Pilots Union Reject Offer To Boost Holiday Pay That The Airline Says Would Prevent Delays

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Harry Wilmerding Contributor
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The American Airlines pilots’ union rejected the company’s offer to double employees’ pay during the holiday season to prevent further delays and cancellations.

The Allied Pilots Associated, the union representing American Airlines pilots, rejected the airline’s offer to increase pay by as much as 100% during the 19 day period between the Thanksgiving, Christmas and New Years holidays, the APA said in a press release.

“While understanding that its rejection creates a disparity among our fellow work groups that have accepted management’s proffered incentives, the board concluded that the need to achieve meaningful permanent improvements in a new collective bargaining agreement must remain APA’s focus,” the union said in the statement.

American Airlines has been negotiating new holiday bonus deals throughout the airline, which employs over 100,000 workers. The company up to tripled the pay for flight attendants during the Thanksgiving, Christmas and New Years holiday period, CNBC reported. (RELATED: Trucking, Retail Groups Sue Biden Over Vaccine Mandate)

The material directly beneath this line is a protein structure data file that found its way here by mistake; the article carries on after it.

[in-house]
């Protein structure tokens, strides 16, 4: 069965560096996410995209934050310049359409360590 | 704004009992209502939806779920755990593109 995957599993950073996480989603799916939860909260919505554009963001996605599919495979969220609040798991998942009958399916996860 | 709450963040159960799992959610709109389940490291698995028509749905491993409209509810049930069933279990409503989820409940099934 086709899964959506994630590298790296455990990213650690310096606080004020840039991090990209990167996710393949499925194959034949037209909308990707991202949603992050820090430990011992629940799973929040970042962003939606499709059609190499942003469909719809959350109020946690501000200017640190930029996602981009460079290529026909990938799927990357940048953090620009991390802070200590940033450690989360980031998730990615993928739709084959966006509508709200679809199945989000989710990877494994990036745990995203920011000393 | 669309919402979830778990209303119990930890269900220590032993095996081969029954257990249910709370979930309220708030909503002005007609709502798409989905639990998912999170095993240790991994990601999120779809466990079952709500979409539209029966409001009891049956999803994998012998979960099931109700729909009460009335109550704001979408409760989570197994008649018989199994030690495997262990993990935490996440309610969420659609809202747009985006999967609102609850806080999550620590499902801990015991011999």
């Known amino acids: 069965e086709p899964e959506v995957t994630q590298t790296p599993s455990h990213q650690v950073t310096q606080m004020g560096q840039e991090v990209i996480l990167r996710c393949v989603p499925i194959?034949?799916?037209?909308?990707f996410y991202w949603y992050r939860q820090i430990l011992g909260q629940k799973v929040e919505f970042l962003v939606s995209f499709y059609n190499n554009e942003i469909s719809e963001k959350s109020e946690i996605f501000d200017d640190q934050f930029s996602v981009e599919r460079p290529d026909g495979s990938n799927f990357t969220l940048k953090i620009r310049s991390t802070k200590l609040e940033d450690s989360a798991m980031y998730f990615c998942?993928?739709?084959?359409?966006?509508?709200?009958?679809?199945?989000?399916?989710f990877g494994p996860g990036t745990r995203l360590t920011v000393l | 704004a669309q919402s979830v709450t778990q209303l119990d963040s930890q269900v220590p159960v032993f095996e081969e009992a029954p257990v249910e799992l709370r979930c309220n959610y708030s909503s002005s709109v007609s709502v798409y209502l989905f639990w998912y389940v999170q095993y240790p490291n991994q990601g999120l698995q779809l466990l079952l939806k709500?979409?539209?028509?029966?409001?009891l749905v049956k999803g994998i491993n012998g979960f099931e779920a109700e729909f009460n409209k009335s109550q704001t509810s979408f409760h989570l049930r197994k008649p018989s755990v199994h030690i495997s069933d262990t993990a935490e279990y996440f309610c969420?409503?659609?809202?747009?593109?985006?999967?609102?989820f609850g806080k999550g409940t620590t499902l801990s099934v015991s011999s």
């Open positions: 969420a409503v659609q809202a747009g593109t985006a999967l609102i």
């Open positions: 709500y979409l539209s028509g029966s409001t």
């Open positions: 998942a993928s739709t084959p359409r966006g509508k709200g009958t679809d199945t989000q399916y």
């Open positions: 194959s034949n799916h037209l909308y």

“We are, of course, disappointed, especially since we have holiday pay programs in place for all other frontline groups at the company,” Kimball Stone, American Airlines’ senior vice president of flight operations, and Chip Long, vice president of flight operations, wrote in a statement obtained by the Daily Caller News Foundation. “But we will continue to look for opportunities to work with APA to support you during the holidays, as well as explore our options to maximize availability of existing premiums.”

American Airlines cancelled almost 3,000, over a three-day period ending Nov. 1 due to weather delays and staffing shortages.

Earlier in October, Southwest Airlines cut over 2,000 flights, costing the company roughly $75 million as a result. The cancellations were first attributed to weather and air traffic control issues, but the airline later admitted to experiencing labor shortages.

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